Which delivery method do you think has the greatest impact: Face-to-face, telephone, or online? Certainly face-to-face allows you to deliver the most personal message, but the web allows for a much broader reach. Phone calls are somewhere in between. So here is the challenge…
I am a firm believer in charity. I feel it is important to give back to the community. Over the years I have been helping with the YMCA Partners With Youth (PWY) campaign. This fund provides scholarships to families in need so their kids can participate in activities like swimming lessons, summer camp, or after school care. We get to help kids of single parents, parents who have lost their jobs, or many other financially stressful conditions. I know of one kid in particular who was quite a truant, always getting into trouble and usually dragging his friends into it too. One year, thanks to the PWY program, he was able to attend a leadership summer camp. Not only did it get him off the streets, but it brought out his natural leadership abilities. He ended up becoming a camp counselor and a positive influence on many more kids. It’s all about paying it forward.
In years past, during the month of February, I have spent my Wednesday evenings in a conference room at the Seattle Times building across the street from the Northshore YMCA with dozens of other volunteers making calls to friends, family, past donors and even complete strangers, asking if they would like to donate. We work as teams of about 10 people each, in a friendly competition to see which team can raise the most pledge money. The room is filled with energy as everyone makes campaign calls from their cell phones. Honestly, this is tough work. Very few people feel comfortable making cold calls to strangers and asking for money. I will admit, as outgoing as I am, this is especially difficult for me. I can stand in front of an audience of 1000 people to give a presentation, but it’s all I can do to make these phone calls knowing most people will reject you and some will be downright rude. I found myself at times hoping no one would answer the phone.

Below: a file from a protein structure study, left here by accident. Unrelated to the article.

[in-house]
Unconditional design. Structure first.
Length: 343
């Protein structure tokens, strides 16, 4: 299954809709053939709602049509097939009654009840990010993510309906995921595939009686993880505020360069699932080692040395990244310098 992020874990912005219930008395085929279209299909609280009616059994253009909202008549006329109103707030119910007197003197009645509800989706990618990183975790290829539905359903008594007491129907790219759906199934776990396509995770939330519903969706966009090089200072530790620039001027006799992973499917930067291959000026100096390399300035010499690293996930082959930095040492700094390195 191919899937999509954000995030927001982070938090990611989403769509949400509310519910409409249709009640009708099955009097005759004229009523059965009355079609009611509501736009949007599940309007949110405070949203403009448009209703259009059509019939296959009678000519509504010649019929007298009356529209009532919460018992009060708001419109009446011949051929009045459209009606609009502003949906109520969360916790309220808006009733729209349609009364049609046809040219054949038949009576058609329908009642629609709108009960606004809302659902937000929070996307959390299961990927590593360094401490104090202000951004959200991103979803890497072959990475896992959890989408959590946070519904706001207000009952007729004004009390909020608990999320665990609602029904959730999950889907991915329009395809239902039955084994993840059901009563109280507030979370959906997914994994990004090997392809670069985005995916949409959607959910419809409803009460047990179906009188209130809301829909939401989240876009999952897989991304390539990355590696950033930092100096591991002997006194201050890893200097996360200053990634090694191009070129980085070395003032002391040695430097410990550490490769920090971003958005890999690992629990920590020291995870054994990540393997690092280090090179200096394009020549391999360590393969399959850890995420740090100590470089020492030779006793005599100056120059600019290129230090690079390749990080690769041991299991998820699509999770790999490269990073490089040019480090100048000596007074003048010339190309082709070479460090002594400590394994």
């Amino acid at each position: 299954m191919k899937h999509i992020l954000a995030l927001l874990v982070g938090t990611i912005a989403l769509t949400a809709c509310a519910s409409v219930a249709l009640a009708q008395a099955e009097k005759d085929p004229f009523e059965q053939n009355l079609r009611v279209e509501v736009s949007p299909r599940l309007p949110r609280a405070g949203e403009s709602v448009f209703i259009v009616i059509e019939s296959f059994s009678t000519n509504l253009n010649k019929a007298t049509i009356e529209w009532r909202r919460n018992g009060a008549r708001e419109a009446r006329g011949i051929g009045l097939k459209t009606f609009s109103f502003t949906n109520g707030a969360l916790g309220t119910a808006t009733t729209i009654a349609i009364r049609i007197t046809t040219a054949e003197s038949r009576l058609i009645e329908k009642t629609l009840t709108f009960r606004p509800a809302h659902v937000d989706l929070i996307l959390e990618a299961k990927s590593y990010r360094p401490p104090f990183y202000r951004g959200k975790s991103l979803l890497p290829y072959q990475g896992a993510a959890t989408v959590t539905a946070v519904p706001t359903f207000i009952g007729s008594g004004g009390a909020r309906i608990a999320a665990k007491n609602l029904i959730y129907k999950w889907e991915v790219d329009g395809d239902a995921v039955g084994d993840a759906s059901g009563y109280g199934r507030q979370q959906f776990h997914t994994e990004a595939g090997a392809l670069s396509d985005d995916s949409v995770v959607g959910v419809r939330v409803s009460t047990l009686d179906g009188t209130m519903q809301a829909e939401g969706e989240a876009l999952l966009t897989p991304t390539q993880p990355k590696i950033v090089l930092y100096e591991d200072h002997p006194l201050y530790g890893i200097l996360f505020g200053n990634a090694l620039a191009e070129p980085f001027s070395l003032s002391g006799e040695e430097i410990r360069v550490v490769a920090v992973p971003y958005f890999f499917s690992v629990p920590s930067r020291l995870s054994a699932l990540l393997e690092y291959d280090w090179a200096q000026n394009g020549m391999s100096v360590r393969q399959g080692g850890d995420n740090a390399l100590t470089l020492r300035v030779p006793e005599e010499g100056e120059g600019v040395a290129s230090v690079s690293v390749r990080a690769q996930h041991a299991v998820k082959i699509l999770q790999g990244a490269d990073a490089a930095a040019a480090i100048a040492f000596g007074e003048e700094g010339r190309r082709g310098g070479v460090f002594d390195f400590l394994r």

So this year I’m trying a different approach. It’s time to put social media to the test to see if I can reach more people in a more comfortable way and make a bigger impact for the kids via my online presence than I would making phone calls. I think this will work well because there is no pressure. People can take their time to think about it, they can give as much or as little as they want. If you would like to help, please visit the donations page for details. If you don’t want to donate, but you would still like to help, please share my message with your online connections so others will hear it and possibly donate.
It’s the power of small contributions by many people. I donated $100 myself. For some people, $10 is all they can afford to give. Others donate $500 or more. But even if it’s only $1, that’s fantastic. It moves us a step closer to the goal. Many employers will match your gift, effectively doubling your donation. Many people opt for the monthly draft contribution method so they can painlessly turn a small donation, like $5/month for 10 months, into a big donation of $50. (If that is something you want to do, just send me an email at email@example.com and I can have the YMCA staff will set that up with you. The donor website can’t handle that type of payment.)